• Remember, your crisis management plan is not a static document – it needs to be reviewed and updated on a regular basis as part of a wider risk assessment and contingency planning process.

C. Dealing with the media

Your crisis management plan as outlined above should include details of who is authorised to speak on behalf of the group to the media during and immediately after a disaster. It is important that this person is articulate and confident (but not arrogant), but perhaps more importantly that they are well prepared.

Information should be timely and accurate. Providing misleading or false information in order to cover up an incident, or misplace the blame, can only make the situation worse, and can damage your reputation for years to come.

On most occasions it is good practice to divulge as much of the relevant information as possible at the start, to avoid a prolonged drip-feed of bad news and to speed the recovery process. However, if there is any information that might exacerbate the problem, incite further confrontation, or compromise any pending or future legal proceedings, think carefully before you decide whether to release it. If in any doubt, take advice from a solicitor or legal advisor.

When preparing a statement or set of responses, think like a journalist and try to pre-empt the kinds of things that they might ask. Consider your key audiences and how they might react to the story.

Always acknowledge public concern, even if you think it is misplaced, express genuine sympathy for those adversely affected, and demonstrate complete cooperation with the emergency services or anyone else involved in rectifying the situation.

Once you have prepared your response, stick to the prearranged message and try not to improvise answers on the spot. If you do not know the answer, or are unsure of whether the answer might put people in jeopardy or reflect badly on your group, say that you do not know and that you will try to get the relevant information as soon as possible. Never say ‘no comment’ as this is a strong indication to the media that you are holding back or have something to hide. 

D. If disaster strikes…

Remember, your first duty is to make sure that everyone is safe – everything else is secondary. By having a crisis management plan, the rest of the recovery process should be a lot less panic-stricken than it would be if you were just thrown into the situation unprepared. It will give you the confidence to assert a degree of control over what would otherwise be an out-of-control experience.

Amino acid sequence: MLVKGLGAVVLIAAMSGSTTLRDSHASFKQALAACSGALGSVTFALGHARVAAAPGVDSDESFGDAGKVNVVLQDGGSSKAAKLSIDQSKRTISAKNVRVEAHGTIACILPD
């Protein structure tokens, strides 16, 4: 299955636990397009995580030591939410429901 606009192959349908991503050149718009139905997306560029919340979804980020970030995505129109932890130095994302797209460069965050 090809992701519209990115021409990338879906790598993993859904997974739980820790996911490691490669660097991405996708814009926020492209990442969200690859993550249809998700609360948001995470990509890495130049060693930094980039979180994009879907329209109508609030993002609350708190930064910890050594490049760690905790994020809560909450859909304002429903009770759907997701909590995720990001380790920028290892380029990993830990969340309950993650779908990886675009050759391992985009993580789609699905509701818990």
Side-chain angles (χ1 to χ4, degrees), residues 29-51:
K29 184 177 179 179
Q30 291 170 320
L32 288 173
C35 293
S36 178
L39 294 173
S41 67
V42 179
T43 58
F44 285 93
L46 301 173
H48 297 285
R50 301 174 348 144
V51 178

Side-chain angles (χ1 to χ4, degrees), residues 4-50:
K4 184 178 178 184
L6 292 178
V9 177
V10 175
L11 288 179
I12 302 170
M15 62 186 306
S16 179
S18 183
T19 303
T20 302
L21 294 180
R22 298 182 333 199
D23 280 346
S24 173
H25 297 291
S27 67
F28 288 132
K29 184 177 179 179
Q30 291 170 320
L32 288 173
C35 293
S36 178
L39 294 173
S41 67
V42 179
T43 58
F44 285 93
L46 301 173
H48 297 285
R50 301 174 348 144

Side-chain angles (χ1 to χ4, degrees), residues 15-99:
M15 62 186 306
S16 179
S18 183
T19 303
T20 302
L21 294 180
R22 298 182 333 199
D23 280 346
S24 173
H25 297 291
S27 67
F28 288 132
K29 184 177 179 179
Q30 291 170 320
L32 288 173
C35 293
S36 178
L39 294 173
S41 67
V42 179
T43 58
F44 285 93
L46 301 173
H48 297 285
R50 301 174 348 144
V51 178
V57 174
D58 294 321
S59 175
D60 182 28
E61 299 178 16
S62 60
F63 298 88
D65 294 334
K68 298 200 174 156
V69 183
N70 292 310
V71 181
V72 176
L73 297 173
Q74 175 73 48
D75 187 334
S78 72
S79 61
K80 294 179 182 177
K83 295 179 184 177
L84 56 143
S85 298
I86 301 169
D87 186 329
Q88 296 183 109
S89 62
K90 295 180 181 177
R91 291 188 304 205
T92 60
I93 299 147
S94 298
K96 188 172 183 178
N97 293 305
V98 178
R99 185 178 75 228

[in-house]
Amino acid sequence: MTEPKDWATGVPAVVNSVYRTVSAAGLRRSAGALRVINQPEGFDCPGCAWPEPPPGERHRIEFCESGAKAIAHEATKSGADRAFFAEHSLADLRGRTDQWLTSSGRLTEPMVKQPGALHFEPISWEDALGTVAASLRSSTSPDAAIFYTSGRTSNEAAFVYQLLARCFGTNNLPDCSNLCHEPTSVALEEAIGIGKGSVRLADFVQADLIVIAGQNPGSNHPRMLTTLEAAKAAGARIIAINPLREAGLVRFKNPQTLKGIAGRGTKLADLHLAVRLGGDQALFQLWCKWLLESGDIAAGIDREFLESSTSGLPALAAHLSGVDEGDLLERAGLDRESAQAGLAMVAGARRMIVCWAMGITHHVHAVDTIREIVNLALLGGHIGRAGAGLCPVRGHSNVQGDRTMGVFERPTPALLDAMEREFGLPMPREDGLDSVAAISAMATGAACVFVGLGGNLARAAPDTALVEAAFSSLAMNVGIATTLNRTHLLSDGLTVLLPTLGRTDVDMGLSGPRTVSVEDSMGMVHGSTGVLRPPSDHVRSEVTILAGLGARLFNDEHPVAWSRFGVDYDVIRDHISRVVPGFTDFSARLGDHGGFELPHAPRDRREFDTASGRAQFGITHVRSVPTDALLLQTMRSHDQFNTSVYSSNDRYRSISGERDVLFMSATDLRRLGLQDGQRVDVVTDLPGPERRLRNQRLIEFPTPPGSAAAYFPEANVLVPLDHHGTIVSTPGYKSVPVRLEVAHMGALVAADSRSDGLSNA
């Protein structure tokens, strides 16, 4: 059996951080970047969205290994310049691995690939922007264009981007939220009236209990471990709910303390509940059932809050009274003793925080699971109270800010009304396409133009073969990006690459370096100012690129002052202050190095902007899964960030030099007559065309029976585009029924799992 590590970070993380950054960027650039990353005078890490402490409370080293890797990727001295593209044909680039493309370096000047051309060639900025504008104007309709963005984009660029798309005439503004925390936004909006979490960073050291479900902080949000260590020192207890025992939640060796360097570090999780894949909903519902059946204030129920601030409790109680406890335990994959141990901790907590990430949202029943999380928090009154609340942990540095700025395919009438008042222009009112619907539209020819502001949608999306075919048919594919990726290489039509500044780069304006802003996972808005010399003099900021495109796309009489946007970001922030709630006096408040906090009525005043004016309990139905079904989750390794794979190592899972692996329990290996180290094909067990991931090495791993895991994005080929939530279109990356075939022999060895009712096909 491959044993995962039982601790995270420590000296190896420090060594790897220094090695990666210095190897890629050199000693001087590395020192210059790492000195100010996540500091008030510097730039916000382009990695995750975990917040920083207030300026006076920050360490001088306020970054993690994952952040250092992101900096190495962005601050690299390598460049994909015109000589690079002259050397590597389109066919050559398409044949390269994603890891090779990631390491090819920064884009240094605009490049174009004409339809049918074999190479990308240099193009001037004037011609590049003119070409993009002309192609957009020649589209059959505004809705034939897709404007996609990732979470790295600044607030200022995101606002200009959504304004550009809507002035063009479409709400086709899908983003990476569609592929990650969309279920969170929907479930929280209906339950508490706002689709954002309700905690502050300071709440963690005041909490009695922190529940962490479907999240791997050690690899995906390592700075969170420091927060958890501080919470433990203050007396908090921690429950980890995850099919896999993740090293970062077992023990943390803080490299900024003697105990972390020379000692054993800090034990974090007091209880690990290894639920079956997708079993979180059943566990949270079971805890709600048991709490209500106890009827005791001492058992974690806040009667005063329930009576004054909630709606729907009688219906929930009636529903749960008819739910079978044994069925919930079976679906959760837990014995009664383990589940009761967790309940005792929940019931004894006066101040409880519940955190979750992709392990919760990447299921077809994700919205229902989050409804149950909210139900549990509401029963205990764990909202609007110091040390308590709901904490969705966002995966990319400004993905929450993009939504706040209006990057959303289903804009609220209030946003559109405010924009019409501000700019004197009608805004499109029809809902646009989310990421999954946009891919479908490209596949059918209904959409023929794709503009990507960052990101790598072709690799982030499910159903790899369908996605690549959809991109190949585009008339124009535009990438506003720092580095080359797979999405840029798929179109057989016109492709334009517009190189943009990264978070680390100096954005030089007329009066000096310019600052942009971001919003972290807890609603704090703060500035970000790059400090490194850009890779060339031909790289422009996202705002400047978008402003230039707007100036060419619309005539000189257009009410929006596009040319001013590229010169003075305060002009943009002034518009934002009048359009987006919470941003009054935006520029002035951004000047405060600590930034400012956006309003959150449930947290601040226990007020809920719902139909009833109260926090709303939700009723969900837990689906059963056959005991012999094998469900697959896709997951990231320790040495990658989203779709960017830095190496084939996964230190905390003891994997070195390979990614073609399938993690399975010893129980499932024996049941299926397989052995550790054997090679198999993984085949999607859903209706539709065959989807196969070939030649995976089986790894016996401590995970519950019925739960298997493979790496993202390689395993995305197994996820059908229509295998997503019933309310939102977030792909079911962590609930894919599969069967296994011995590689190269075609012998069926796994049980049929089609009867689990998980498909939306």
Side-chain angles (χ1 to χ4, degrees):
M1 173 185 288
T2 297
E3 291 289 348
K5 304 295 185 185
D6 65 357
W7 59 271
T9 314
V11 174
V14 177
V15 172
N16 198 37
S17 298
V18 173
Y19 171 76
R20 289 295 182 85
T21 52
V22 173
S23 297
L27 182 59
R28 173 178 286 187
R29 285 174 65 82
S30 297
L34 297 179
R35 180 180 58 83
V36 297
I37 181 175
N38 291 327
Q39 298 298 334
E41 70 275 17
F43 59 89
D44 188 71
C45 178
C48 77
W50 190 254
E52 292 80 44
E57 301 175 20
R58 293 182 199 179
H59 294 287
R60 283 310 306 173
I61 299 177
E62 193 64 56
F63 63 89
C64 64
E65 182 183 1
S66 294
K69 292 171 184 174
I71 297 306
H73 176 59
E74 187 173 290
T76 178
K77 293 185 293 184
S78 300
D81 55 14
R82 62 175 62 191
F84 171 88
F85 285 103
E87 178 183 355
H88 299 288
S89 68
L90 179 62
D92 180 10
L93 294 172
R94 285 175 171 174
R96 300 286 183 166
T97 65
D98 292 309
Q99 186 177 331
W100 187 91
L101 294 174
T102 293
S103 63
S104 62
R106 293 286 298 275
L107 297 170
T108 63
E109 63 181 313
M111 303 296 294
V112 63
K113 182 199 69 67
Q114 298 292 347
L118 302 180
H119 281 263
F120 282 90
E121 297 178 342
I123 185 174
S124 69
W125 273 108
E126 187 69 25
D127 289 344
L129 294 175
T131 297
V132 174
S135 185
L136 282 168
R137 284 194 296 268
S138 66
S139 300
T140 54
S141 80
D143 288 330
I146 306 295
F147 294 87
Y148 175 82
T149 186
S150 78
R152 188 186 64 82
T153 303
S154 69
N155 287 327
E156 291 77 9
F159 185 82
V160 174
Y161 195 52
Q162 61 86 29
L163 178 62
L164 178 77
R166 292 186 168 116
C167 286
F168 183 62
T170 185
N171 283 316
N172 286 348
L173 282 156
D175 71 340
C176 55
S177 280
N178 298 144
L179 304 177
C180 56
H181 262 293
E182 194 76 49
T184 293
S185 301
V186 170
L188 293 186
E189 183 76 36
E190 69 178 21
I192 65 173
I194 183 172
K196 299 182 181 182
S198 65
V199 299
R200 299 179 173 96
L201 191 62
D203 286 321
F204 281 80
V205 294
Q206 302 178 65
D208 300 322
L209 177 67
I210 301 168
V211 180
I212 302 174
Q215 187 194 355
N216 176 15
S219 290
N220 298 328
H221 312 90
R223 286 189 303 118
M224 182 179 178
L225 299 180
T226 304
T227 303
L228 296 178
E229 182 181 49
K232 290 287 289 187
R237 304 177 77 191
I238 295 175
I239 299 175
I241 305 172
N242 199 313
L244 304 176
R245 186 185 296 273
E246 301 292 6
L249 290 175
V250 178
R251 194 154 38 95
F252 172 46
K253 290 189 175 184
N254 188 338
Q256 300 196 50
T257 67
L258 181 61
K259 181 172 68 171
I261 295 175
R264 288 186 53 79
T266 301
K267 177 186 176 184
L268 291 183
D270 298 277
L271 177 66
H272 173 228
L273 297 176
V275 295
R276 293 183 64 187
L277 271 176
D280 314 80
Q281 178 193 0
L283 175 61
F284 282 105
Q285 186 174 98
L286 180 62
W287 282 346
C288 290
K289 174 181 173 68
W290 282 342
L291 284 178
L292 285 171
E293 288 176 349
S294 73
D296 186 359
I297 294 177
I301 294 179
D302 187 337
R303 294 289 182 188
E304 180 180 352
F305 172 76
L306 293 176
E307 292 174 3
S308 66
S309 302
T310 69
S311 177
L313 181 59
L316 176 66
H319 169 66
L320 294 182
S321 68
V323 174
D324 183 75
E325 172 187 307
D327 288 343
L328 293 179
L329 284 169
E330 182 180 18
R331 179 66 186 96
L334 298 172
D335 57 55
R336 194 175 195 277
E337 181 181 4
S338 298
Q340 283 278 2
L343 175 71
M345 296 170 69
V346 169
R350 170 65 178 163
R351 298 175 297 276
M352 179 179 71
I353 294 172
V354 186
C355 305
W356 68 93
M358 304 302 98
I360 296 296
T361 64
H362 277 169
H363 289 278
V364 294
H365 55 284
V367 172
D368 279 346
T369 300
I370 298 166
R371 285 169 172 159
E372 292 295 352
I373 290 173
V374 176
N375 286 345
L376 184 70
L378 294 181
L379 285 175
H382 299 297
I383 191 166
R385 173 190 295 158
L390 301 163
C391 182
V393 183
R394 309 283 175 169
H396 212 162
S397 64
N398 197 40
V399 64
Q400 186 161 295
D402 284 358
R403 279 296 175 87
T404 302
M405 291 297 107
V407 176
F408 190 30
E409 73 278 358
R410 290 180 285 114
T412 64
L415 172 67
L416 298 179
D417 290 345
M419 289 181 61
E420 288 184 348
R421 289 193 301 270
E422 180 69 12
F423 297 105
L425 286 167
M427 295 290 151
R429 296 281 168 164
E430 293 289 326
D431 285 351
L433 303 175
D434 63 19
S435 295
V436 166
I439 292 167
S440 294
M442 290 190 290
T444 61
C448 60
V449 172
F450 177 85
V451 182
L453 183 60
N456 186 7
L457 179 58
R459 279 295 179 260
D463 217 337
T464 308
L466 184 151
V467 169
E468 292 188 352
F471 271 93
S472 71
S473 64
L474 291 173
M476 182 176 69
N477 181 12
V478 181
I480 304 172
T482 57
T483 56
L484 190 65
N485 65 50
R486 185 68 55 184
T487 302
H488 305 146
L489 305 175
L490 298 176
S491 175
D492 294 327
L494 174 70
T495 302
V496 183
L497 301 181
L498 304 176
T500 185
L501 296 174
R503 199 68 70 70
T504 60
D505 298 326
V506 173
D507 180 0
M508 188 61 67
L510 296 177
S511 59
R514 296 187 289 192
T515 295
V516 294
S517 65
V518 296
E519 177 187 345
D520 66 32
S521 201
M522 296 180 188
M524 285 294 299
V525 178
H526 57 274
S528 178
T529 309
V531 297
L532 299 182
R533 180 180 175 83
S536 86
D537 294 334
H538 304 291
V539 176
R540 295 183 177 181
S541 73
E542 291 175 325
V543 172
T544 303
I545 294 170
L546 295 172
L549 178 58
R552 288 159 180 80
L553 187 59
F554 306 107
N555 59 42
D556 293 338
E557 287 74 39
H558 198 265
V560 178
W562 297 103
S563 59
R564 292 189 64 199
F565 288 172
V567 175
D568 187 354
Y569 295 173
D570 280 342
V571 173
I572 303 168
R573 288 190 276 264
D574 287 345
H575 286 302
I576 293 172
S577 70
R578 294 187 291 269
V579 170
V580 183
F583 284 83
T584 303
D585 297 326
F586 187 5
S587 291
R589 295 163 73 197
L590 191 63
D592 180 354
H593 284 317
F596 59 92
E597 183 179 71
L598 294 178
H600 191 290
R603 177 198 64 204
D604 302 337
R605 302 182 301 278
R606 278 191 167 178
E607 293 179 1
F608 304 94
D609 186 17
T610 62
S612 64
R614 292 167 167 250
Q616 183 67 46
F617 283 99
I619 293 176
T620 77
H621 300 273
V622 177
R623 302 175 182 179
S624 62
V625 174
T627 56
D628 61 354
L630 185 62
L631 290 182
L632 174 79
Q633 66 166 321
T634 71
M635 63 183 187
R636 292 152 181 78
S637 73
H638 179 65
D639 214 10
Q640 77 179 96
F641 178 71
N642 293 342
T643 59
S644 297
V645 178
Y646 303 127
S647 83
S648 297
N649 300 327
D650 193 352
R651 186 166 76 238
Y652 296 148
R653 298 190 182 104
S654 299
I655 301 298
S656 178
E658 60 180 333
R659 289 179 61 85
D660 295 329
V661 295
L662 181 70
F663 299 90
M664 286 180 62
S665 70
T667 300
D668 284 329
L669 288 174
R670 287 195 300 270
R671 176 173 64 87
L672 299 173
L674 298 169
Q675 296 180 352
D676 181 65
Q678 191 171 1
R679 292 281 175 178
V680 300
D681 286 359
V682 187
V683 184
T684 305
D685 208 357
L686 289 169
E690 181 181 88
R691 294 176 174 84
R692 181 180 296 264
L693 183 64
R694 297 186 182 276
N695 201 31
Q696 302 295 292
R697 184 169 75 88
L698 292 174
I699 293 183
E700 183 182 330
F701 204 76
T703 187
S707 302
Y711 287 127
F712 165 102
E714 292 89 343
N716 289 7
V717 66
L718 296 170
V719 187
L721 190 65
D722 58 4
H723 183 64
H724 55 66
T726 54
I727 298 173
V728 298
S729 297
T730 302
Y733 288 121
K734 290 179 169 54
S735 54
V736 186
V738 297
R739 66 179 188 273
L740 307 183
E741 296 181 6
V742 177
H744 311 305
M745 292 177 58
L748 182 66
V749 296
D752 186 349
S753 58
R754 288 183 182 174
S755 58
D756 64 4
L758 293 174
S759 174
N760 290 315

Glossary of common terms
  • Risk assessment – the process of identifying risks to your group or organisation
  • Contingency planning – the process of putting procedures in place to prevent disasters from happening. Note: see Further Resources section for more information about addressing different aspects of risk assessment and contingency planning
  • Crisis management – (also known as incident management) the initial response to a crisis, ideally guided by plans and procedures put in place beforehand
  • Disaster recovery – the medium- and long-term recovery of the situation and restoration of the group and its reputation
  • Business continuity management – a term that encompasses both crisis management and disaster recovery, focusing on the continuation of the service you provide throughout the crisis period. 

Further Resources

FCD Information Sheets
  • Health and Safety for lone and remote workers (January 2011)
  • Just how safe are you? (January 2011)

VA Briefings
  • 132 – Child Protection Part IV – Garda vetting and the arts (Republic of Ireland) (October 2010)
  • 132x – Child Protection Part IV – children and vulnerable groups (March 2010)
  • 124 – How to make sure your group is still here in ten years’ time (March 2009)
  • 118 – Insurance for voluntary arts groups (June 2008)
  • 108 – Health & Safety in Offices – assessing the risk (June 2007)
  • 105 – Health & Safety in Offices – fire safety (March 2007)
  • 103 – Health & Safety in Offices – electrical equipment (December 2006)
  • 78 – Creating a financial risk policy (March 2004)
  • 72 – Risk management for charities – a good opportunity (September 2003)
  • 67 – Risk assessment for event organisers (October 2002)

Stronger Together is a free programme that will help you to identify, develop and support the leadership potential in your group.
1 – Unlocking the leadership potential in your voluntary arts group
2 – Using roles to strengthen your group
3 – Strengthening yourself and your skills –– your leadership learning journey

Other organisations
Information Commissioner’s Office (UK) –
Office of the Information Commissioner (RoI) –
Other resources
How to stay cool in a crisis, The Guardian (November 2000) –
Disaster Recovery, SCVO – /disaster-recovery
Running your organisation – risk management, WCVA –

Published by Foundation for Community Dance, December 2011

© Foundation for Community Dance. All rights reserved.

Every care has been taken in the preparation of this publication, but is not intended to be legally comprehensive or to replace professional/legal advice. No responsibility can be accepted by the publishers, author(s) or contributors for any errors, omissions or changes not for any harm, however caused, which results from the information presented.

This information sheet was first produced and published by Voluntary Arts: